Finding nature in the city

Finding nature in the city

Luminaries share how they connect with nature in New York.

What comes to mind when you think about “nature”? Often, cultural references emphasize the idea of a pristine landscape where humans are either absent or merely passing through. Especially for those who live in cities, this view of nature — as a place apart from the human realm — can obscure how deeply humans are linked to the natural world. In reality, our lives and well-being are intertwined with Earth’s ecosystems, and how humans think about our place in the natural world can inform our ability to understand and respond to environmental crises.

Planners and environmentalists have long understood the value of green spaces in cities, and as the climate changes, it is more important than ever that people consider nature in the city. Many cities make great efforts to create green spaces, but urban areas are also full of “unintentional nature” in overlooked or underdeveloped spaces. City leaders and advocates are increasingly pursuing opportunities to build more sustainable urban environments that make cities more liveable, resilient, and equitable. Urban biodiversity can improve pollination, air and water quality, and temperature regulation. Trees and green space can help warming cities stay cool. And access to nature has a measurable impact on human health, supporting mental and physical wellness — and even increasing feelings of belonging.

With summer approaching, the Luminary Labs team shared where they go to connect with nature in the city. This collectively sourced list includes parks, paths, and experiences to help you access your own natural experiences in New York or wherever you call home.

A city of parks

New York City maintains 1,700 parks and recreation centers across its five boroughs; they continue to shape the city’s landscape and enhance our quality of life.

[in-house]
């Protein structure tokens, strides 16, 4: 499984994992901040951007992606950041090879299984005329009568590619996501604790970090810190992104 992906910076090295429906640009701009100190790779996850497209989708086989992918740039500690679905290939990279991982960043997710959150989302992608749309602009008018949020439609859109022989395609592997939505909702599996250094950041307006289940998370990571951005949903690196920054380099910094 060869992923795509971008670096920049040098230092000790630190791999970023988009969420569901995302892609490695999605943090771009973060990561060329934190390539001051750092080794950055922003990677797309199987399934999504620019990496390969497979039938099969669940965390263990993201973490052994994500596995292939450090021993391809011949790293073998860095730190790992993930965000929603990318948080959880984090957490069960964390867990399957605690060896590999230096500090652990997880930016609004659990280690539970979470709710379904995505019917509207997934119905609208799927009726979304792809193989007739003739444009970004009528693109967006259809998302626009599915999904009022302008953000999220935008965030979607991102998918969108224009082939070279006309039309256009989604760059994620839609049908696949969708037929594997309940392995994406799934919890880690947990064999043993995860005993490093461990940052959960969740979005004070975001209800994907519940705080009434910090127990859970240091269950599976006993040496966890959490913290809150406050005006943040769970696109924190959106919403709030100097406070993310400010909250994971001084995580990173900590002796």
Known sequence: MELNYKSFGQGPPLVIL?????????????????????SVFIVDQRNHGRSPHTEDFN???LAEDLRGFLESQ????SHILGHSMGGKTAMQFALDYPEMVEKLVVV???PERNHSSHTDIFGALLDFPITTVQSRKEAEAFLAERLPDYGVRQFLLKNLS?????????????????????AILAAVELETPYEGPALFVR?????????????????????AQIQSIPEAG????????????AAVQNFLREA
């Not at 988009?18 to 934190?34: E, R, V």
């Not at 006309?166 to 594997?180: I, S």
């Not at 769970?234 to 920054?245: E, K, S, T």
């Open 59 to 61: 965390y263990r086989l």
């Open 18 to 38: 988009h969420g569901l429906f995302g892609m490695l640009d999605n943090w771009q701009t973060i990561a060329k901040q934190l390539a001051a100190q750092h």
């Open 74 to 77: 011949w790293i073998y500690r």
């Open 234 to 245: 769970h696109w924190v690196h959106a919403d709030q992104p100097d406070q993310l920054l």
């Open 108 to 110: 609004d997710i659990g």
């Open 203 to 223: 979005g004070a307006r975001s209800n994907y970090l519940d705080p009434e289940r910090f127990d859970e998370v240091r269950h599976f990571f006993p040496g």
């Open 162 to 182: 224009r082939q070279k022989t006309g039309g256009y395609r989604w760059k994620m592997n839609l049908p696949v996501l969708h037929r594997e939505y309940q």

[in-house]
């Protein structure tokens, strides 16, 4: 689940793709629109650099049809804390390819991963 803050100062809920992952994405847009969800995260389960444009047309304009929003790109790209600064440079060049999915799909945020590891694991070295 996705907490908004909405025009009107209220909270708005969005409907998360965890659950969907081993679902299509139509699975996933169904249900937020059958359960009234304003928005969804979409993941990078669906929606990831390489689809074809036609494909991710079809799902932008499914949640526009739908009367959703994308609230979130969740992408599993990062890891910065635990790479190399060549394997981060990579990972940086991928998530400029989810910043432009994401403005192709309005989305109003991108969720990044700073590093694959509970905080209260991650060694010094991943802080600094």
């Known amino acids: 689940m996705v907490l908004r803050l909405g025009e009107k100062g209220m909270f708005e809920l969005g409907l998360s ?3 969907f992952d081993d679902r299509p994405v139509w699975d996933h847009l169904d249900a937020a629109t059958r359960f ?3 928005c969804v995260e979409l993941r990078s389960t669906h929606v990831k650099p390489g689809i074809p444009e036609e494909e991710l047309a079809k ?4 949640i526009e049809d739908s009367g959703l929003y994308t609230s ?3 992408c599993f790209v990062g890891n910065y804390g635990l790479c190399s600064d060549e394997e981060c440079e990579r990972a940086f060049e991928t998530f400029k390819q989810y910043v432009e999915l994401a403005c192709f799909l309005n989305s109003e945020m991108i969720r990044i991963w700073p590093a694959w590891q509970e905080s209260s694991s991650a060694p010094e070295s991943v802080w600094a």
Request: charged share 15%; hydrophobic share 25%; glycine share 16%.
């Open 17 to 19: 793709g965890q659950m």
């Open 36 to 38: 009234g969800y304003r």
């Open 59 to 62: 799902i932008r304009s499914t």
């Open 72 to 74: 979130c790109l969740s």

According to Senior Associate Maeser Allen, the best way to encounter nature in the city is through long walks, often toward a green space or waterway. He often ends up in Riverside Park. Running from West 72nd Street to West 129th Street, Riverside’s many intersecting pathways traverse diverse terrain between Riverside Drive and the Hudson River. Maeser recommends entering the park at 84th Street, right alongside the massive outcropping of Manhattan schist called Mount Tom, named by Edgar Allan Poe and known to be one of his preferred writing spots. With sweeping views of the Hudson, “the park provides a prime sunset experience year-round.”

On the other side of Manhattan, you’ll find another waterfront park that Senior Talent Associate Olivia Anderle calls a “hidden gem” of the Upper East Side. Carl Schurz Park packs a lot into less than 15 acres, with lawns, dog runs, and athletic courts overlooking the East River. “I am continuously delighted by the serenity of the park, despite its many attractions … there are so many little nooks and alcoves to tuck away from any crowds,” says Olivia.

Prospect Park is a 526-acre oasis of green in Brooklyn, with plenty of hidden greens, water features, the Prospect Park Zoo, Brooklyn Botanical Gardens, and so much more. For Engagement Manager Natalia Allen, the park is the perfect place to explore and relax with friends. “Prospect Park has hosted many of my life events — my engagement, my wedding, a million celebrations (birthdays, end-of-year parties, going-away parties, Fourth of July picnics),” says Natalia. The park also holds the distinction as the site of Natalia’s first-ever broken bone, suffered while roller skating at the LeFrak Center.

Nature in plain sight

The parks and formal green spaces of the 19th and early 20th centuries were designed and built to address social and public health challenges as much as they were to bring nature to rapidly urbanizing communities. But nature in the city is not contained to parks or officially designated green spaces; if you look closely, you can find nature almost anywhere.